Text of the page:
definitely a political element to this game (I'll let you
read between the lines and come to whatever conclusions that
you will concerning the games plot). But the mysterious side
of Strider encompasses everything from the serious
underlying political themes to the bizarre villains that you
must defeat. For instance, at the conclusion of the first
level you encounter a rather large group of politicians. Far
from your typical Bill Clinton type of leader, these guys
leap into the air and come together to form a huge robotic
centipede. Strange stuff.
The music is fairly atypical as well. There are certain
points at which the music doesn't seem to fit the action at
all. Then there are other instances in which the music
becomes fast and intense, seemingly in order to warn you of
the tough spots that lie ahead. In all cases, however, the
music is extremely listenable, and I'd even consider it to
be excellent at times.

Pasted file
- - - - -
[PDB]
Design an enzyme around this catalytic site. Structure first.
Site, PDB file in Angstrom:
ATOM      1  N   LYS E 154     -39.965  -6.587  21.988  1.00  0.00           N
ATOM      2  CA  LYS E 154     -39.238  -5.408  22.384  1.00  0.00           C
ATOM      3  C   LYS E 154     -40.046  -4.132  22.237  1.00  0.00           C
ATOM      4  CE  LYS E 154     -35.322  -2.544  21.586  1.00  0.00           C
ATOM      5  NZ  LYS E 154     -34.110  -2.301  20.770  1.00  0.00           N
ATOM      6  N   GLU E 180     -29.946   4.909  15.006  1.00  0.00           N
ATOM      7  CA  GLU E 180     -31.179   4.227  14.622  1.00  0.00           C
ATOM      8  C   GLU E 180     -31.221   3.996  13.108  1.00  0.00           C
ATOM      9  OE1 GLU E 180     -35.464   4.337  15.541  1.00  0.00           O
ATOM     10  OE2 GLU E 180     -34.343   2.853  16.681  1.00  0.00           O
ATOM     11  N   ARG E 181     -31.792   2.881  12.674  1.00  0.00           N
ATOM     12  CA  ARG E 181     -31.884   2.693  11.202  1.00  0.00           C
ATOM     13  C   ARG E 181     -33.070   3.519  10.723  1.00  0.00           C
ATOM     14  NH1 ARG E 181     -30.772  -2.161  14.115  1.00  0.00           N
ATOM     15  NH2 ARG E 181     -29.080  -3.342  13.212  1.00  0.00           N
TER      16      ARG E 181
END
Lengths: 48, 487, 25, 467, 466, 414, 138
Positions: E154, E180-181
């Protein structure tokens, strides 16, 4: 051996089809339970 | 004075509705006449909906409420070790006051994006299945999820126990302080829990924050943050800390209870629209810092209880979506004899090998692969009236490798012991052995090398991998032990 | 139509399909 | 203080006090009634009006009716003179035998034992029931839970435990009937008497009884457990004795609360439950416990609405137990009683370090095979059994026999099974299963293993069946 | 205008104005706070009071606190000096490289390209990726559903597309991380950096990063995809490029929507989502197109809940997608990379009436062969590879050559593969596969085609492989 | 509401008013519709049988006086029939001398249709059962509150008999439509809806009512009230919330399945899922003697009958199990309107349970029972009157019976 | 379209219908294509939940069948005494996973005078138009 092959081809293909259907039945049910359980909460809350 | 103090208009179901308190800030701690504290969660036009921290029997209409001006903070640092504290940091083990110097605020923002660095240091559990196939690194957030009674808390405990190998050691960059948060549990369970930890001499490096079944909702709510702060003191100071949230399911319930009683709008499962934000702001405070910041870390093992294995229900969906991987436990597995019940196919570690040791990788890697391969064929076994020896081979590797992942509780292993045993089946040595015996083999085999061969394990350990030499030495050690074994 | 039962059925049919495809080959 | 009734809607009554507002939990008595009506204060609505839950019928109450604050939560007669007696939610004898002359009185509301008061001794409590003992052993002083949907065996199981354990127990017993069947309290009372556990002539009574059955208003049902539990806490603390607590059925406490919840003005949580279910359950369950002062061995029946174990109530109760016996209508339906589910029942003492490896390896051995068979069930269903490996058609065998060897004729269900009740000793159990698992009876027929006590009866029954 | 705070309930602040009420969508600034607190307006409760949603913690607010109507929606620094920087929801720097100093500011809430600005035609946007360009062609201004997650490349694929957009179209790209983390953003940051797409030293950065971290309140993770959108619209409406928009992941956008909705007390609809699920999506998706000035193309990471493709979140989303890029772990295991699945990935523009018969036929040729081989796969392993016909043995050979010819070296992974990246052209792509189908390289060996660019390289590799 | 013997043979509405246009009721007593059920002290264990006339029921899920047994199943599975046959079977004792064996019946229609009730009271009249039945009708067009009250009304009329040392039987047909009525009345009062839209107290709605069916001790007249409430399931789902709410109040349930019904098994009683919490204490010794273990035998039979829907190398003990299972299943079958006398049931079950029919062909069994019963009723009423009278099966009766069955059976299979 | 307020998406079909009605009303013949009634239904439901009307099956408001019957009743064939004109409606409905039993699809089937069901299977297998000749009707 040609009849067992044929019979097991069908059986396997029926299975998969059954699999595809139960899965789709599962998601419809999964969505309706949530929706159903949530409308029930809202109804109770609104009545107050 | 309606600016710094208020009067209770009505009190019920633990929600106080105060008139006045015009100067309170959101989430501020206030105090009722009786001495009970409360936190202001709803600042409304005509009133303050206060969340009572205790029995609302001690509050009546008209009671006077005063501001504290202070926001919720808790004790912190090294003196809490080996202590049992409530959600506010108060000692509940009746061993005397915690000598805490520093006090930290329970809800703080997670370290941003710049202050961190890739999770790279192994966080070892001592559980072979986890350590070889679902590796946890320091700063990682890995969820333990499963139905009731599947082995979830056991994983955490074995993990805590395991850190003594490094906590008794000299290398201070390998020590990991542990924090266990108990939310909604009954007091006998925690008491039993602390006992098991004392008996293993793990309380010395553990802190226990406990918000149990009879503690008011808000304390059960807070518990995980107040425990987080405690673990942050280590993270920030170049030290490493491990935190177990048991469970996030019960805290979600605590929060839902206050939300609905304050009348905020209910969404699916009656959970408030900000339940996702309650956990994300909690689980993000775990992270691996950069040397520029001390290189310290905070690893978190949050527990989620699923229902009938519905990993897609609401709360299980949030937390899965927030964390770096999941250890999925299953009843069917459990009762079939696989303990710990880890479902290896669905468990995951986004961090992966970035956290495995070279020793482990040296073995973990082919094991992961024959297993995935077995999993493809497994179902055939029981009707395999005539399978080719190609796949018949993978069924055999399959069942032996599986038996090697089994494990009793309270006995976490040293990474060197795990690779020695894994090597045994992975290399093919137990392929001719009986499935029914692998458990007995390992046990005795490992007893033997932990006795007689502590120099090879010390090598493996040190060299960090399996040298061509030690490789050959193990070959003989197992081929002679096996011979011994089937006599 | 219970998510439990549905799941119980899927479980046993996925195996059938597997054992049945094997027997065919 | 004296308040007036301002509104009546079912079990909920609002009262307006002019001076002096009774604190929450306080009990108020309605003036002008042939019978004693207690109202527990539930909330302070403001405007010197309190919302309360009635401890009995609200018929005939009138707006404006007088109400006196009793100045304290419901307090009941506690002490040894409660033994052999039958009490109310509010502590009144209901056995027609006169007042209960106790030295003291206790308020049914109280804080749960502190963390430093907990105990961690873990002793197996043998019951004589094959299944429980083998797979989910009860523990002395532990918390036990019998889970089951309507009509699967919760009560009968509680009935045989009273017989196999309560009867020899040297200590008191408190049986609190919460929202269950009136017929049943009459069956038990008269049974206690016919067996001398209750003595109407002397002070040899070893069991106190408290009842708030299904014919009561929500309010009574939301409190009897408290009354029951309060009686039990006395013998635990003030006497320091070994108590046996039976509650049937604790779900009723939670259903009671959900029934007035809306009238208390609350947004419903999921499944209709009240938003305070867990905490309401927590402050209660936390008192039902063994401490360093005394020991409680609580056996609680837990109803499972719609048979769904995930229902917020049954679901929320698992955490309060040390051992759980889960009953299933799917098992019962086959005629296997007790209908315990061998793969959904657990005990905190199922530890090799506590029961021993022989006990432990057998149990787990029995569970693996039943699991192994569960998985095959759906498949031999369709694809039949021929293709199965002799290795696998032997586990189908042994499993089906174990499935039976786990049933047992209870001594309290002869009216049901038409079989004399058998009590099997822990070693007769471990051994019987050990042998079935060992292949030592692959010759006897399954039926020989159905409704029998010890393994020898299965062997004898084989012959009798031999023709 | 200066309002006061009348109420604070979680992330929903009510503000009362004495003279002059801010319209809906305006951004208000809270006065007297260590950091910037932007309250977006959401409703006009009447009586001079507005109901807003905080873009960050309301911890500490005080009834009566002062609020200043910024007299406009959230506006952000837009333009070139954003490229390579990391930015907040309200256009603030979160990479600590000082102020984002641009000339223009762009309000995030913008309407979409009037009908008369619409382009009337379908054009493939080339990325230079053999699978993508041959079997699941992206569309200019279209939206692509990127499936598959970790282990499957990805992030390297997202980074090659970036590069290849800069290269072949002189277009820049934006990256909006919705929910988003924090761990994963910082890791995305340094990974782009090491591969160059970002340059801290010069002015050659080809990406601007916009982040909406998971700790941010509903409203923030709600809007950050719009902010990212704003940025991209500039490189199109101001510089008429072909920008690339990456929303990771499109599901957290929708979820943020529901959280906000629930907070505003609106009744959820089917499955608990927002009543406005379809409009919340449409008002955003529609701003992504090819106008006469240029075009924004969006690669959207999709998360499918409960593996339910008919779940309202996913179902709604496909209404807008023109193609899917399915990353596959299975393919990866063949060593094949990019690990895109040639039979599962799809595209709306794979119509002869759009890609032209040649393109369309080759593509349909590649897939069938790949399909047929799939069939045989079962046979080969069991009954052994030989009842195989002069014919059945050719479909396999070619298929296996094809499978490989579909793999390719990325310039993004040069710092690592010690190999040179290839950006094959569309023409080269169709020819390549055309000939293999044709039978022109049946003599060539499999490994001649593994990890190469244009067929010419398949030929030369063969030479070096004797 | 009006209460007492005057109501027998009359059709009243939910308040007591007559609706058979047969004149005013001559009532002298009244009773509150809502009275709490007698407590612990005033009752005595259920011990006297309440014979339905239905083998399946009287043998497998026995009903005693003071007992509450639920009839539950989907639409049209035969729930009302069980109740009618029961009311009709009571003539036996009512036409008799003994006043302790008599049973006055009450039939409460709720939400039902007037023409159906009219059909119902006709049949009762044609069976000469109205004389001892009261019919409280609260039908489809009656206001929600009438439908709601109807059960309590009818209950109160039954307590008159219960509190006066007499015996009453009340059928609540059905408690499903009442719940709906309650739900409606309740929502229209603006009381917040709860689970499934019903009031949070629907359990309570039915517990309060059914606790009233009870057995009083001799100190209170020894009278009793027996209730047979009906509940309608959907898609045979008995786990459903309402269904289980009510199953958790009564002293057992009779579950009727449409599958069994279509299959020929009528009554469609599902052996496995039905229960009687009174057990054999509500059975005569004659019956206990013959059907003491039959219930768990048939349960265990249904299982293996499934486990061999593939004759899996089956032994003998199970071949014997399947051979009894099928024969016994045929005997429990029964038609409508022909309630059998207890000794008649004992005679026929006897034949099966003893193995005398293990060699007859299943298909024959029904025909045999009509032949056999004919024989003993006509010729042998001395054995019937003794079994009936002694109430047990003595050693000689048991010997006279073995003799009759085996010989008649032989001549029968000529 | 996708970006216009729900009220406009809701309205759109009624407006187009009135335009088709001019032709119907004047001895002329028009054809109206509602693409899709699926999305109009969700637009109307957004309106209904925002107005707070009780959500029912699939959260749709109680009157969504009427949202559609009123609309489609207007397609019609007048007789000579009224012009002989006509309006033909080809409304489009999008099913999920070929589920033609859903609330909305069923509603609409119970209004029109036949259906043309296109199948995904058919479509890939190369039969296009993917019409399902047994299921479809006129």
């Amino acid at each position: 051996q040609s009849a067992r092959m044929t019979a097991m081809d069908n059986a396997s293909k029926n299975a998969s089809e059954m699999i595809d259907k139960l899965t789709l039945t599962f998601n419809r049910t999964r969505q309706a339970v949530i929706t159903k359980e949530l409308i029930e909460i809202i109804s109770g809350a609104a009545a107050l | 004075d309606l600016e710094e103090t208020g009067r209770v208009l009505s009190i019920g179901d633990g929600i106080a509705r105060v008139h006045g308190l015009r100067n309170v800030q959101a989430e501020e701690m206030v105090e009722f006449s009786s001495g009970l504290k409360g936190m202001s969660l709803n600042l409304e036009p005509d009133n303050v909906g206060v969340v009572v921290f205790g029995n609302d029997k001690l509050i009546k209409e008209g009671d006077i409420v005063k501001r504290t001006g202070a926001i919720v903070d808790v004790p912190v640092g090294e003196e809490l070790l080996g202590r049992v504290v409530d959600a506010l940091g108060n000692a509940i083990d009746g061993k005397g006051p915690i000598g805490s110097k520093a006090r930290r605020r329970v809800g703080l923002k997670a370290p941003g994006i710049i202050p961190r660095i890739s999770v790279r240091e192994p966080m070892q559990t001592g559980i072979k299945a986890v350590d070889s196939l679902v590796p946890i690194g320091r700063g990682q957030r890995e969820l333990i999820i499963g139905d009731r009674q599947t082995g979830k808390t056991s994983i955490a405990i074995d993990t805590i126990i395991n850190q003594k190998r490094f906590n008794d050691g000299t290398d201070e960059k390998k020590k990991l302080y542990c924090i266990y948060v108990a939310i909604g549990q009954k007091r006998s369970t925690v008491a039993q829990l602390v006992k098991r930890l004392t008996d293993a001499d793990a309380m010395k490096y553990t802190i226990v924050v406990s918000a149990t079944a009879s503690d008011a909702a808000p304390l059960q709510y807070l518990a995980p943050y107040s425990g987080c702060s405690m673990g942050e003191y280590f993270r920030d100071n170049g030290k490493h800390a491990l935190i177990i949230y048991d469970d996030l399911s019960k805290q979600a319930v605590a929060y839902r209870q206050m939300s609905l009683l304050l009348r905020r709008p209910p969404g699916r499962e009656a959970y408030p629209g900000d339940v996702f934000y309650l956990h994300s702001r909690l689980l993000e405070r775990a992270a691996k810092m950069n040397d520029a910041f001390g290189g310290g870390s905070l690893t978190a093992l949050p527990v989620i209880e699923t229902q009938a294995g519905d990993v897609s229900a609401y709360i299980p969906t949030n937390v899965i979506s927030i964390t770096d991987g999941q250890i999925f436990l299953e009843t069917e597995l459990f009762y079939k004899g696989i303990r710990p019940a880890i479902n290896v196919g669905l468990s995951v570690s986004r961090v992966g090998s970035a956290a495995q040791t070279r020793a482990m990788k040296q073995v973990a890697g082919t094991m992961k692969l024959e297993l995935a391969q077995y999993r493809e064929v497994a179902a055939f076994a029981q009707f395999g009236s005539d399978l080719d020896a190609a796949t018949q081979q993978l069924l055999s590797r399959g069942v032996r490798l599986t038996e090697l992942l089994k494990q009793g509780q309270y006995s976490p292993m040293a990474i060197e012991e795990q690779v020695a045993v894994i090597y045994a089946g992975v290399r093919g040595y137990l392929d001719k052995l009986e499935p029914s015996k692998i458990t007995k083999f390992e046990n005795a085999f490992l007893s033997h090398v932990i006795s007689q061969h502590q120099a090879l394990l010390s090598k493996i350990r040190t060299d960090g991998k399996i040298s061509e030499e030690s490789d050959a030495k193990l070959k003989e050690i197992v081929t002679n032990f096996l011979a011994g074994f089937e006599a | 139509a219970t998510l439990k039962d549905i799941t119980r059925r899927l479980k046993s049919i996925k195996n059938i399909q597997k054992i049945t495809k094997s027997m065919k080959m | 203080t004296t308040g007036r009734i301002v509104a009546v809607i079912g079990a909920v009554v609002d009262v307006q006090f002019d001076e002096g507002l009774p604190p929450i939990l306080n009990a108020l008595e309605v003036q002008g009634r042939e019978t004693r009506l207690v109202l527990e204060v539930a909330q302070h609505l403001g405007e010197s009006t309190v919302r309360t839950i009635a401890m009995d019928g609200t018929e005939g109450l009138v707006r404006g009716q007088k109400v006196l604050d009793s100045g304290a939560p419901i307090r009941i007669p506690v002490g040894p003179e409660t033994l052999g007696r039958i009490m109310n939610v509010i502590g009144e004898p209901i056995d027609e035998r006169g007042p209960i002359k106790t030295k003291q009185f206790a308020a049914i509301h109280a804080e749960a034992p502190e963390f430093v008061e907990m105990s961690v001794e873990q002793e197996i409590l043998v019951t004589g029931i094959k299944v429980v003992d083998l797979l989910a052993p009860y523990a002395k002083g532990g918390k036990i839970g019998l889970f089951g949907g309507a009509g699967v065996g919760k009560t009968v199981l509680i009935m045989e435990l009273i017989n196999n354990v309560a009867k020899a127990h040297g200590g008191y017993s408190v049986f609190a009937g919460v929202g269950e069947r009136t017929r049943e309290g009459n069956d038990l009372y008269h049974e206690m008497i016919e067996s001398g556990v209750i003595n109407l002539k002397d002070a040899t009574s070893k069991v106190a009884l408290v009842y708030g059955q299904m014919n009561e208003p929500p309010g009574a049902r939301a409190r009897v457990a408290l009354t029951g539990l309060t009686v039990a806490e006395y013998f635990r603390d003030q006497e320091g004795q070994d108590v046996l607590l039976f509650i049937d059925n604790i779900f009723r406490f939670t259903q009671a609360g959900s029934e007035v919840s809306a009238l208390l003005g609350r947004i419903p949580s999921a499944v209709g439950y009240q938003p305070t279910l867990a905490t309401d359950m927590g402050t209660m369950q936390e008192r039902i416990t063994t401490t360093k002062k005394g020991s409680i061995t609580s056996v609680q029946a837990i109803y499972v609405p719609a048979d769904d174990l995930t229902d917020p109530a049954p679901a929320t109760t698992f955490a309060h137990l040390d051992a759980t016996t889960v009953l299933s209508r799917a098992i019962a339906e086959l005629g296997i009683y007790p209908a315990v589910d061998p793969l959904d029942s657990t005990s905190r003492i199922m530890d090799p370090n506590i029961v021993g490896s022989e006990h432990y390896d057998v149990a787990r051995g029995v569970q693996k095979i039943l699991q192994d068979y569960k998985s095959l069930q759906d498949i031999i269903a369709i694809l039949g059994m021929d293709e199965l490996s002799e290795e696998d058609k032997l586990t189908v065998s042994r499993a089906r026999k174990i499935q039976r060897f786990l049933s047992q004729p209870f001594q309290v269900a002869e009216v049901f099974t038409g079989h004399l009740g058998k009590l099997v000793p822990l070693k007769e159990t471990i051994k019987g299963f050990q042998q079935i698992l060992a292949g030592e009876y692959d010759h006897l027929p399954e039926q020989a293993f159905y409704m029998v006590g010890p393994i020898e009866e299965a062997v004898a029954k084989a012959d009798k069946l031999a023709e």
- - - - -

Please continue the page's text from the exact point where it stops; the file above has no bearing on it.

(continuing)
Incidentally, while the NES version of Strider was different
from its Genesis counterpart in many ways, this cart
represents a perfect translation of the Strider action game
that appeared in arcades. It plays like a quarter-muncher
too; there are quite a few spots in the game that are
incredibly difficult to get through. Besides the fact that
the game can be insanely frustrating at times, it's still a
top-notch action title, one that has some historic
significance due to its amazing visuals.
One last note on this game: there is a well-known trick for
this title which involves powering up the game Altered
Beast, and then taking it out and replacing it with Strider
(without turning off the system). This interesting trick
granted players an unlimited supply of extra lives with
which to work with. To my knowledge this was the first (if
not only) instance where a trick could be performed in one
game by making use of an entirely different cartridge. Now
that I've mentioned the trick, however, I must also add:
don't use it! Beat the game fairly, it can be a very
Overall: 8 / 10